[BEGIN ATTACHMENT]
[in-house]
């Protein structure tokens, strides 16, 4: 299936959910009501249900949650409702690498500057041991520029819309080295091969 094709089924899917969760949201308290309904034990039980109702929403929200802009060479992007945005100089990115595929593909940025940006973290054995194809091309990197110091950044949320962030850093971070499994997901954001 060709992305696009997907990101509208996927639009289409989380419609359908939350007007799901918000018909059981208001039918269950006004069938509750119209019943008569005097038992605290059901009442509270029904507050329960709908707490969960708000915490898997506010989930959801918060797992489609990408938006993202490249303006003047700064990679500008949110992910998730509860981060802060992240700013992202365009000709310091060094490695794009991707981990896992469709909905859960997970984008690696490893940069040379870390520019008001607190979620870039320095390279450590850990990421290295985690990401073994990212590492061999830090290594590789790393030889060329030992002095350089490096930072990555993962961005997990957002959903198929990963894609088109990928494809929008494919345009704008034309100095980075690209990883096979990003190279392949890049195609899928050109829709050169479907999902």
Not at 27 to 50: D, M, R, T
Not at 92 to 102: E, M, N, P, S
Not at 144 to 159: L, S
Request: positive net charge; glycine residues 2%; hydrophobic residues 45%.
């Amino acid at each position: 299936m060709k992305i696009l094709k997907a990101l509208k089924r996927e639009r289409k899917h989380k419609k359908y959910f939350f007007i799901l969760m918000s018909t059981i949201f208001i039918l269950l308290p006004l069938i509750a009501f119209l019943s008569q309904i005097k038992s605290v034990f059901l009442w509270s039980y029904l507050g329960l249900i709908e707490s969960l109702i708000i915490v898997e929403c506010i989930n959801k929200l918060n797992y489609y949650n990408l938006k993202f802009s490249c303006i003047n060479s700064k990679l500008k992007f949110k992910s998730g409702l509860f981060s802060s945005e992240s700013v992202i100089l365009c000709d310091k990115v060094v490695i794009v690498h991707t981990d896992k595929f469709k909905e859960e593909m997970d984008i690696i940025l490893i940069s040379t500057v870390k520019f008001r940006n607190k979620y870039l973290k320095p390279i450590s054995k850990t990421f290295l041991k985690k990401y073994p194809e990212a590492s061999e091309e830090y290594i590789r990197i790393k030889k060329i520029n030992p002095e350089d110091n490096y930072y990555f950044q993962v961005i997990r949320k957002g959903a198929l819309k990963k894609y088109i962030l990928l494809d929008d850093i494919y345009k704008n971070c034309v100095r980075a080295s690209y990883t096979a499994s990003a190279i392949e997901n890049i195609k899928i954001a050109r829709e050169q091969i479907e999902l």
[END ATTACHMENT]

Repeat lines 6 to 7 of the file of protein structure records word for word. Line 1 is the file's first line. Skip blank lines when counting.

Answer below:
Request: positive net charge; glycine residues 2%; hydrophobic residues 45%.
């Amino acid at each position: 299936m060709k992305i696009l094709k997907a990101l509208k089924r996927e639009r289409k899917h989380k419609k359908y959910f939350f007007i799901l969760m918000s018909t059981i949201f208001i039918l269950l308290p006004l069938i509750a009501f119209l019943s008569q309904i005097k038992s605290v034990f059901l009442w509270s039980y029904l507050g329960l249900i709908e707490s969960l109702i708000i915490v898997e929403c506010i989930n959801k929200l918060n797992y489609y949650n990408l938006k993202f802009s490249c303006i003047n060479s700064k990679l500008k992007f949110k992910s998730g409702l509860f981060s802060s945005e992240s700013v992202i100089l365009c000709d310091k990115v060094v490695i794009v690498h991707t981990d896992k595929f469709k909905e859960e593909m997970d984008i690696i940025l490893i940069s040379t500057v870390k520019f008001r940006n607190k979620y870039l973290k320095p390279i450590s054995k850990t990421f290295l041991k985690k990401y073994p194809e990212a590492s061999e091309e830090y290594i590789r990197i790393k030889k060329i520029n030992p002095e350089d110091n490096y930072y990555f950044q993962v961005i997990r949320k957002g959903a198929l819309k990963k894609y088109i962030l990928l494809d929008d850093i494919y345009k704008n971070c034309v100095r980075a080295s690209y990883t096979a499994s990003a190279i392949e997901n890049i195609k899928i954001a050109r829709e050169q091969i479907e999902l």